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  • The quotation provided in the question doesn't list any specific conditions, so if there is a list somewhere it may not be in the statute itself.
    – phoog
    Sep 16, 2022 at 23:12
  • @phoog "The quotation provided in the question doesn't list any specific conditions". The statutory exception does not need to be more specific. It provides that abortion is permissible if the anomaly is (1) of congenital or chromosomal nature, (2) profound and irremediable, and (3) incompatible with sustaining life after birth. That way of defining a set is very common and efficient, whereas listing each one of its elements (i.e., naming each anomaly) in the statute or elsewhere would be impractical. Sep 17, 2022 at 10:47
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The Pain-Capable Unborn Child Protection Act contains the following prohibition:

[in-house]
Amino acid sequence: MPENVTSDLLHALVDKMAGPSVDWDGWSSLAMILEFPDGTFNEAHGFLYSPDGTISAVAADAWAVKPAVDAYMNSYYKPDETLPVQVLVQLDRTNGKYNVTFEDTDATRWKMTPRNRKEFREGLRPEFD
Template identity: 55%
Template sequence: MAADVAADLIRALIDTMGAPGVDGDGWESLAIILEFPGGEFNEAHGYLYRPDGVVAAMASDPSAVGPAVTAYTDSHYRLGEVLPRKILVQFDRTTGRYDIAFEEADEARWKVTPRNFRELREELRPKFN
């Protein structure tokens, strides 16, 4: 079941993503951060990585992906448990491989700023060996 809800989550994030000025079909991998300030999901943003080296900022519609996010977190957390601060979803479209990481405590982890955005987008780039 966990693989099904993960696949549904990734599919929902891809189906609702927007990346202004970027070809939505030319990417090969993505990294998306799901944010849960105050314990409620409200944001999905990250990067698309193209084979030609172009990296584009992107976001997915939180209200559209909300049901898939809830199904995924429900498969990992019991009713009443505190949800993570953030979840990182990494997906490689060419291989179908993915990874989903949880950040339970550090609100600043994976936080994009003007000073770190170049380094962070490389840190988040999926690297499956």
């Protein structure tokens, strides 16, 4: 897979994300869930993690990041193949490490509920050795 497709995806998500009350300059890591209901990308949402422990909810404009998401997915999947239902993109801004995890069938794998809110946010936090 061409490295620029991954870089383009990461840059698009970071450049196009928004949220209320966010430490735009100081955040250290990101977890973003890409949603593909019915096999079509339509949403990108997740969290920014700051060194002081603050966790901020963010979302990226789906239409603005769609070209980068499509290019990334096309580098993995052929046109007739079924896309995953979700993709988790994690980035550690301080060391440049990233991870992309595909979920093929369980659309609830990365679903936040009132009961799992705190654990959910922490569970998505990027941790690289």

(E)(1)...No person shall perform or induce or attempt to perform or induce an abortion upon a woman when it has been determined, by the physician performing or inducing or attempting to perform or induce the abortion or by another physician upon whose determination that physician relies, that the probable postfertilization age of the woman's unborn child is twenty or more weeks, unless the pregnancy is diagnosed as medically futile...

The act also defines "medically futile":

"Medically futile" means that, in reasonable medical judgment, the unborn child has a profound and irremediable congenital or chromosomal anomaly that is incompatible with sustaining life after birth

There is no explicit list of exceptional conditions. The statute is very clear, the only unclarity that exists is medical in nature.